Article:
A Strong Voice for Croydon Central - Gavin Barwell MP
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Council Tax changes - on the side of hard-working people
16/08/2012 09:25:00


The Government has announced that from April 2013 the current national Council Tax Benefit scheme will come to an end and local councils will be responsible for devising their own schemes. It believes decisions about who should get help to pay their Council Tax bills are better taken locally than by civil servants in Whitehall.

But at the same time as it is making this change, it is reducing the amount of funding available by 10 per cent – just one of the many cuts it is having to make to eliminate the huge deficit it inherited from the previous Government. For Croydon, that equates to a funding gap - assuming everyone continues to receive the same level of help - of £4.84 million.

Many councils will simply absorb this pressure - in other words, they will carry on paying Council Tax benefit in line with the old scheme and make savings or cuts in other areas to bridge the funding gap.

I am pleased to see that my Conservative colleagues on Croydon Council aren’t doing that. They are taking the opportunity to make some changes to who gets help to pay their Council Tax bills and how much help they get so that the system better rewards hard-working people.

The approach they are proposing is based on six core principles:

1. Council tax support should not be paid to those with relatively large savings.

2. It must be related to property type.

3. Everyone should contribute something.

4. Everyone eligible in the household should contribute something.

5. Work must pay.

6. The vulnerable must be protected.

These are good principles. Take the second principle: why should everyone else subsidise the full Council Tax bill of those living in the most expensive properties? The Council is proposing to restrict the amount of help those living in the most expensive properties receive (so if you live in a Band E property then you’ll receive no more support than the equivalent of a Band D property).

Or the fifth principle: people who take low paid jobs rather than sitting on benefits deserve more help - they’re doing the right thing. So the Council is proposing to increase by £10 per week the amount people can earn before their Benefit is reduced.

Or the final principle: pensioners and those on Disability Living Allowance should be protected so they won’t be affected by these changes.

You can take part in the consultation via the link above but it is good to know that we have a Council that is on the side of hard-working people.

Comment on this blog


Readers' Comments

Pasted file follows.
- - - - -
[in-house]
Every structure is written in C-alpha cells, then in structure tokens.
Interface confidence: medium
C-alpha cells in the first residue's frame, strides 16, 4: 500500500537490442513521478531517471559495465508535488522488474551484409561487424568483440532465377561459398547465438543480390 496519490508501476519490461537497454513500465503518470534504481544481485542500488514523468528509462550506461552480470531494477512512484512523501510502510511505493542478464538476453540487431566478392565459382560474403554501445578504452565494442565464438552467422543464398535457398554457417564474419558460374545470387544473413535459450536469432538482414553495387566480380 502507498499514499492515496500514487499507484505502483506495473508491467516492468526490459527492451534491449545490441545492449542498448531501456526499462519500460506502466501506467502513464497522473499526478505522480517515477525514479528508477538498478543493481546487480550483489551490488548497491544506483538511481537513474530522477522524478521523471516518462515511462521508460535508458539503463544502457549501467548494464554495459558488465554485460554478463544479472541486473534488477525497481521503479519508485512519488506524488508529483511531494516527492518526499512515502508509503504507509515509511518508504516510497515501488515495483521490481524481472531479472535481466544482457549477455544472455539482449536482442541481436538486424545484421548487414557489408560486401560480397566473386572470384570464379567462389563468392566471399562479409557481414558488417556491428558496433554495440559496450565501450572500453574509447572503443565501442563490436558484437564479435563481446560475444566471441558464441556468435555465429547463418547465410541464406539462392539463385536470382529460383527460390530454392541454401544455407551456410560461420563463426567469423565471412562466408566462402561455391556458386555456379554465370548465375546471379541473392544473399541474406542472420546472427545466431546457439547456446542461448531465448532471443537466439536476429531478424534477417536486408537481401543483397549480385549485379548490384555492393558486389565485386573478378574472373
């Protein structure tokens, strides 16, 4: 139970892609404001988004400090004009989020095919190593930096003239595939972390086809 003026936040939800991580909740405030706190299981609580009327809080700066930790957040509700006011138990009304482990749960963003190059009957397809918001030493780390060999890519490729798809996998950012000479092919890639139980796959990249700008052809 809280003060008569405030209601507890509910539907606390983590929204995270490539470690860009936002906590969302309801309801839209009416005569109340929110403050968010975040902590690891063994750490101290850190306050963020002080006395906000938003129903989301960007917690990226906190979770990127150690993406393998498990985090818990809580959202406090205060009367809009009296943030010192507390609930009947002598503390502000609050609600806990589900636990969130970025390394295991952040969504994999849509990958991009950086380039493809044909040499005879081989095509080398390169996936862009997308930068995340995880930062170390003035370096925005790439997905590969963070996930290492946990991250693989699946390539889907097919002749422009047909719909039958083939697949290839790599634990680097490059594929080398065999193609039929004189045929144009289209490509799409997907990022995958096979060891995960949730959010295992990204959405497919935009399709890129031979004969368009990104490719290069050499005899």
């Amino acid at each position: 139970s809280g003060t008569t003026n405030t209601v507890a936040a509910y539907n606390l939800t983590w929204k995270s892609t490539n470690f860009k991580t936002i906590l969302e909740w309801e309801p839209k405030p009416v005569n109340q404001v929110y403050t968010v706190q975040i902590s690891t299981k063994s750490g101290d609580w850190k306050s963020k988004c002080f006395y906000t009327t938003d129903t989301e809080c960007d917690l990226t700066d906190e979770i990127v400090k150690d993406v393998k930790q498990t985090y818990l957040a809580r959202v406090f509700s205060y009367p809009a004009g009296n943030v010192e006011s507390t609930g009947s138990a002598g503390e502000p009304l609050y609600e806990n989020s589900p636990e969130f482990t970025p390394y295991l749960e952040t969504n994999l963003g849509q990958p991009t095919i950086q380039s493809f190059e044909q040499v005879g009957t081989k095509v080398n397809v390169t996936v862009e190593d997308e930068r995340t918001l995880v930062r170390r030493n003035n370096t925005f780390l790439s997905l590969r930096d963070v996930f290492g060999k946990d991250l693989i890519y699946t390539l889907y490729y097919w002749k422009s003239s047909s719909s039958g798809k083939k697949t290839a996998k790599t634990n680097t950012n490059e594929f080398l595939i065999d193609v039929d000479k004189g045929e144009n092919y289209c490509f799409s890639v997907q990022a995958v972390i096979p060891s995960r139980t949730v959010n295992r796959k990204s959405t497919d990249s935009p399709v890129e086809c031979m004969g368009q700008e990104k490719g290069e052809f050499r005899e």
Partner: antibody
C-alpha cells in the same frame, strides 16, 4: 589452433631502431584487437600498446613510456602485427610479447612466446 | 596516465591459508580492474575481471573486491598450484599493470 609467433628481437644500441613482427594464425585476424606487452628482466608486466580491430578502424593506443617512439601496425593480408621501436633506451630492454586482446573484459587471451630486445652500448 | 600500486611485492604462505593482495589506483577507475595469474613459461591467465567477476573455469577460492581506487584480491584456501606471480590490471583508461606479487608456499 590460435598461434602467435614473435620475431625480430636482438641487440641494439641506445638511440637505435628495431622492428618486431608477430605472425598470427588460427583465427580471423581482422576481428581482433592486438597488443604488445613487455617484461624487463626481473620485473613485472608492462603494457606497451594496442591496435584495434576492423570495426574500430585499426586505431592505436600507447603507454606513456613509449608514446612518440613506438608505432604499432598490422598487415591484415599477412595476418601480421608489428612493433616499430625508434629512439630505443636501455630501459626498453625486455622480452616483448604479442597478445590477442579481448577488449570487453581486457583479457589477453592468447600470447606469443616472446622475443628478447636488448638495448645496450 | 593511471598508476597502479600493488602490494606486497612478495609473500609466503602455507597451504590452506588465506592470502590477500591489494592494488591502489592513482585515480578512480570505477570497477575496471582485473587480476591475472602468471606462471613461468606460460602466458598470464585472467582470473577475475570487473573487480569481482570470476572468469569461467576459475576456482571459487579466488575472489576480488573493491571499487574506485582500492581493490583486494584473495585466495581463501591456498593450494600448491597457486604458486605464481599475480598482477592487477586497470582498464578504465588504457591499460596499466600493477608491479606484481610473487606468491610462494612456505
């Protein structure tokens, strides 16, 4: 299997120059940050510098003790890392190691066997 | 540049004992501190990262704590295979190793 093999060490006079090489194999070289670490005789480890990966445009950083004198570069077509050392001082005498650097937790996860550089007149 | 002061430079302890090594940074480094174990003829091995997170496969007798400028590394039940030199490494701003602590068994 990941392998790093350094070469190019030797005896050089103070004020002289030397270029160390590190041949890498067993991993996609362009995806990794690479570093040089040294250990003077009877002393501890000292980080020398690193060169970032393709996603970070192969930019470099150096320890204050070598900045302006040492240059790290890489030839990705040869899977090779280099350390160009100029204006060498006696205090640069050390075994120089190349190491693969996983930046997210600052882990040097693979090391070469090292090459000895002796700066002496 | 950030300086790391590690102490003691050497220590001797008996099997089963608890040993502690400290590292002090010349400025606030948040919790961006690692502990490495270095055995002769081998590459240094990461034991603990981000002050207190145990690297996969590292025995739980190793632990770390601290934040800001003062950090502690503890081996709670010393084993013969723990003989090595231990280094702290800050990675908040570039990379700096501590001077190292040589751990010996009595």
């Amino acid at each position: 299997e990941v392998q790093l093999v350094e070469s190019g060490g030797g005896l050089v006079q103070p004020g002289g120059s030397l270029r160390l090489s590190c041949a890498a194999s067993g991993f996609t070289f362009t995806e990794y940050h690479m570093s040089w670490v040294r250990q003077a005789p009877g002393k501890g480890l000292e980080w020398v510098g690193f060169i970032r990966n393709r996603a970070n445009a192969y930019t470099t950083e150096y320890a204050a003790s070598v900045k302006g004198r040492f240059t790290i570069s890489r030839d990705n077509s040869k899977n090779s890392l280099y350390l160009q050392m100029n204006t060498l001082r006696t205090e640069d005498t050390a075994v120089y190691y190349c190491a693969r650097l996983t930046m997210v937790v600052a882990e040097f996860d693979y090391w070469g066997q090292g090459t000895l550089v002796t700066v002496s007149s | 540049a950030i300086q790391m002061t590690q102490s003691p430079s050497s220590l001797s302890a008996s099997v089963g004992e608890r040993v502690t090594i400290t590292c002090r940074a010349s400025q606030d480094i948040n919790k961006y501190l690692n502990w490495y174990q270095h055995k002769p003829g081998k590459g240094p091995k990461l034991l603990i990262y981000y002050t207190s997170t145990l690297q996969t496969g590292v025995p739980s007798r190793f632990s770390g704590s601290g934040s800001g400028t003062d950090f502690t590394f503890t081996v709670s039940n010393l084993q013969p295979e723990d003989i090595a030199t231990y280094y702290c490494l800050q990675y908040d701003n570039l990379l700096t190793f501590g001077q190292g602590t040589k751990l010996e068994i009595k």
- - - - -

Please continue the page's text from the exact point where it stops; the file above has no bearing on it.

On 16/08/2012 10:23:00 NS wrote:
Once again people who save all their lives get less support than those who spend beyond their means. I noticed you didn't comment on that point.
On 16/08/2012 23:36:00 Jim wrote:
Sounds good, but oh yet another consultation. I can see this becoming a field day for council bureaucrats spending our money producing discussion documents on how not to spend our money.

A £4.84m funding gap seems bad, but somewhat insignificant compared with the accumulated £350m council pension deficit. How about cutting council pensions for those with "relatively large savings" or living in expensive houses?

On 28/08/2012 13:51:00 R S Davies wrote:
Why should Council Tax be linked to property values? If you as an ordinary working class person bought a home a few decades ago when your area was cheap and it was what you could reasonably afford and you worked hard to make a home for your family and did all the right things yet events beyond your control determined that your area has become a "desirable" area that young professionals now want to move into and as a consequence the value of your home has sky-rocketed but your pay has stayed the same, how is it equitable that you on £25,000 p.a. should pay the same as the newcomers who earn £50,000 p.a.? Yet you do.

In the area I live in house prices have gone up four fold, yet my salary has only doubled in the same period. The only way you can get out of this dilemma is to sell up and move to somewhere cheaper.

Non-progressive tax empowers the wealthy to drive out the poor and as such is an unfair tax. What we need is a local tax based on the ability to pay.

The alternative is to build thousands of new homes to depress the market through over-supply.

On 28/08/2012 19:53:00 Gavin Barwell wrote:
R S Davies

Council Tax banding is based on the *relative* value of your property over 20 years ago. So the fact that property prices have increased by more than the average in your area over that period makes no difference to the Council Tax bills you pay (and won't do unless a future government orders a full revaluation of property).

It is true that someone living in a property in the same Council Tax band pays the same bills as you even if they earn a lot more. The only way to avoid this would be a local Income Tax, which is Liberal Democrat policy. It is however very complex - most of us pay Income Tax by PAYE ie where we work, not where we live and it would involve big increases in bills for some (eg households with multiple earners).

On 29/08/2012 20:36:00 wendy mortimer wrote:
Is this another way of saying that if you have got a spare bedroom that you will be getting less housing benefit. I have lived in my flat for 24 years and regulary have my daughter and baby to stay over, now I'm being told that I will be made to pay extra for this extra bedroom. I'm on ESA and just scraping by now. I can't buy normal food but wait for the bargains at the end of the day. Having to pay extra on my rent will just about cripple me. What is going on? Another law to target the poor.



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